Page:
Ten-year data at single institution support thermal lung ablation as a non-invasive cancer treatment with “good overall survival”

Elfadil Elmahdi presents at BSIR 2020

Thermal lung ablation (TLA) is an effective treatment, resulting in good overall survival with good local control, attendees were told at the 2020 annual scientific meeting of the British Society of Interventional Radiology (BSIR; 1–3 December, online). Elfadil Elmahdi (Royal Liverpool University Hospital, Liverpool, UK) presented his ten-year experience of the non-invasive alternative to surgical resection at a tertiary hospital.

Elfadil and colleagues conducted a retrospective, observational review to evaluate local tumour control, overall survival, and complications of TLA in their centre between 2009 and 2019. While 128 patients in total were treated with TLA during this period, five were excluded from the study for disease progression prior to TLA and no follow-up data. Between the 123 patients analysed in the study, 321 nodules were ablated.

Technical success was achieved in 301 nodules (93.8%). Of the 20 unsuccessful procedures, 14 nodules underwent a repeat ablation.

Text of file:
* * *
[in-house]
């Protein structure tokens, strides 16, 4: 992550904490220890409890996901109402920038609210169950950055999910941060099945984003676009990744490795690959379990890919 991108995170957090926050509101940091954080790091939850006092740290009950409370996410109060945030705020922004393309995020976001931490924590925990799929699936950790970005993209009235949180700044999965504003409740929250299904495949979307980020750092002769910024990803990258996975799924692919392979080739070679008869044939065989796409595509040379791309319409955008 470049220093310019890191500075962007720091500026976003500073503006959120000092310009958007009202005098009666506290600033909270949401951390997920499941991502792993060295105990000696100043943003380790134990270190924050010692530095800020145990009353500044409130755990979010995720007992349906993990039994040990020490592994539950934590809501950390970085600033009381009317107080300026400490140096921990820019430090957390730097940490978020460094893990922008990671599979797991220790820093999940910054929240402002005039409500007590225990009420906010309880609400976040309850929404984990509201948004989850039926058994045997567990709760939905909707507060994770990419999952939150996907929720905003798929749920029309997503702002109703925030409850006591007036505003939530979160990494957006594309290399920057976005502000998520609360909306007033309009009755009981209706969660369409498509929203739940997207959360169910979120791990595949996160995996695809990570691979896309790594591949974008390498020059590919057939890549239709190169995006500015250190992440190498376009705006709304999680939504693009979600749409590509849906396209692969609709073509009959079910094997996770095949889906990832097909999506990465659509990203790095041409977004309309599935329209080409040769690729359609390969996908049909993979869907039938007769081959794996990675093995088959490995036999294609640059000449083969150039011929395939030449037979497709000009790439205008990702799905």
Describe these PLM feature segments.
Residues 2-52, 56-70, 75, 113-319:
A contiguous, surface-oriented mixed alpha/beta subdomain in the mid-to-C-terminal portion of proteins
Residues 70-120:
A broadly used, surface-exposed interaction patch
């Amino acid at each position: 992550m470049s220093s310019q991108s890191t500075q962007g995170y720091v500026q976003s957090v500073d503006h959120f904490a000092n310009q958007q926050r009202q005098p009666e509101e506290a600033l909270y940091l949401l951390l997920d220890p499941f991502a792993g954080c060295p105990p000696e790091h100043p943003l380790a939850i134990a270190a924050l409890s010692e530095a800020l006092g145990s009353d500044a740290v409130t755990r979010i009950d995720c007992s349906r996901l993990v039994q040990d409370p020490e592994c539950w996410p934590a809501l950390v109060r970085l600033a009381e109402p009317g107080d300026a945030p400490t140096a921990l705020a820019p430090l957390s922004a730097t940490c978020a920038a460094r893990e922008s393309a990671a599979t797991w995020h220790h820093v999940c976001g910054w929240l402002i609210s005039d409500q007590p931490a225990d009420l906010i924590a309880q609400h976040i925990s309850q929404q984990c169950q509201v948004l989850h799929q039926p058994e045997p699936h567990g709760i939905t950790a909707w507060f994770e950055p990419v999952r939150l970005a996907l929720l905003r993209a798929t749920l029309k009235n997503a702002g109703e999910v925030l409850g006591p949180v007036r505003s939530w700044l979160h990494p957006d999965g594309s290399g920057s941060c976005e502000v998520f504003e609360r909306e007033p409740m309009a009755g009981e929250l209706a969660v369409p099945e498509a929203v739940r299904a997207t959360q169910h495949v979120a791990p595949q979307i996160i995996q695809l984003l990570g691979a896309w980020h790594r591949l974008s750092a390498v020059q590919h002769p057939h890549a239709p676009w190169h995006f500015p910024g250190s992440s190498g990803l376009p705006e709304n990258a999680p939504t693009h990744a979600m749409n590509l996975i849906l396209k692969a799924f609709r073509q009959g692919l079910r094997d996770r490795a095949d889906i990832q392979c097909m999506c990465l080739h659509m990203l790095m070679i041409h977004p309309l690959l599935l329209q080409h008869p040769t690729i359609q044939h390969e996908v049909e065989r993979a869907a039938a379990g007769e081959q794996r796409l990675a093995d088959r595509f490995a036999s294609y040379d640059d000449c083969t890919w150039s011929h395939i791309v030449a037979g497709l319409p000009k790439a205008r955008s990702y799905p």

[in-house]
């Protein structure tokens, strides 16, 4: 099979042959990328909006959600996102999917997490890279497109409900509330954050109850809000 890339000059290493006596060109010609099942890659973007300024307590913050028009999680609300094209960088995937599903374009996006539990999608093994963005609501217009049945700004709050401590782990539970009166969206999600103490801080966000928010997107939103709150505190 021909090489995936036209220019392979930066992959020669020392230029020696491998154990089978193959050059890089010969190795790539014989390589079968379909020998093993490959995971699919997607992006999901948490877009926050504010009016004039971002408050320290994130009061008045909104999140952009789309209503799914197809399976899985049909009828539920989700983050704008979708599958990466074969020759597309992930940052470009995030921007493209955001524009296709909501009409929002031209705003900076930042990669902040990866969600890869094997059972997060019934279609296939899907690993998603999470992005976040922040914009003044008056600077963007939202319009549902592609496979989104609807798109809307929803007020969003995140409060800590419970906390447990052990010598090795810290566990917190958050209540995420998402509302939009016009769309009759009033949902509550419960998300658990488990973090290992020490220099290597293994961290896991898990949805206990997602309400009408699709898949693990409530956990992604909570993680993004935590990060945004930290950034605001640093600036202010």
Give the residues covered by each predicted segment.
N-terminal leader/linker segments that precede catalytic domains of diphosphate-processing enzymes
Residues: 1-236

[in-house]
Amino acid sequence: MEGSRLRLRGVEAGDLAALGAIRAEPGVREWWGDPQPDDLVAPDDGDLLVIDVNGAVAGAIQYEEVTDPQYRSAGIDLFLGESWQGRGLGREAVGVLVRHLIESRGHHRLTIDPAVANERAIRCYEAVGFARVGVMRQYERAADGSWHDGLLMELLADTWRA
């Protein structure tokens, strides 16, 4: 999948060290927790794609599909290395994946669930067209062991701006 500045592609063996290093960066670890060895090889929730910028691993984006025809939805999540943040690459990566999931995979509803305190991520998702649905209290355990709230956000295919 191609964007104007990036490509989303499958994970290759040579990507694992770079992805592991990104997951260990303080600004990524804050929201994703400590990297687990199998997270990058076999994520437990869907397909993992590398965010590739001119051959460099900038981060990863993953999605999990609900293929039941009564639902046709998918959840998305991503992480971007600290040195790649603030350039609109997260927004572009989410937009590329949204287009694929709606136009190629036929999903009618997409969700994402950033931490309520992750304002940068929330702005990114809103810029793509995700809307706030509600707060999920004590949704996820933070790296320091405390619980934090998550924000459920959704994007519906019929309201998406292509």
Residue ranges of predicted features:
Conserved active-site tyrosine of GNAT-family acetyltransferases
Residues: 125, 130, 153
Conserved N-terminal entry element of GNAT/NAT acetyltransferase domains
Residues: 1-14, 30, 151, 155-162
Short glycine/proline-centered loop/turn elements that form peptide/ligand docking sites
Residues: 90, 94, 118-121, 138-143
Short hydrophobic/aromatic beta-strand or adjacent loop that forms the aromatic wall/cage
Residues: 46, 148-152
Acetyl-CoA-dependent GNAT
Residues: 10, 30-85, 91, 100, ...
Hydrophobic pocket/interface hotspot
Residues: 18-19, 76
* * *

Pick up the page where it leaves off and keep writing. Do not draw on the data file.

Showing a Kaplan-Meier graph depicting local recurrence, Elfadil informed his audience that the mean number of years before local recurrence was 10.5 years (±0.234; confidence interval [CI]: 10.07–10.99), with one-, two-, and three-year survival without local recurrence being 90%, 87.5%, and 86%, respectively. A second Kaplan-Meier graph, this time depicting new pulmonary recurrence, showed that the mean time before new tumours developed again was 5.8 years (±0.414; CI: 4.95–6.57), with the one-, two-, and three-year survival rate with no new pulmonary occurrence being 85%, 72%, and 60%, respectively.

Median overall survival was 3.16 years (±0.305; CI: 2.56–3.76). One-, two-, and three-year overall survival was 98%, 82%, and 56%, respectively. These survival rates are comparable to other TLA studies, Elfadil said, “if not slightly better”.

A pneumothorax requiring a chest drain was seen in 50.7% of patients—again, Elfadil told delegates that this was similar to that reported in the literature.

Addressing the limitations of the presented study, he went on to say that the investigators assumed that TLA practice in the Royal Liverpool University Hospital was homogenous between operators over time, co-morbidities that may influence survival were not taken into account, and no correlation was made with the grades of the primary tumour. In addition, there are reservations to what can be achieved with a retrospective study design using data from a single institution. lung ablation


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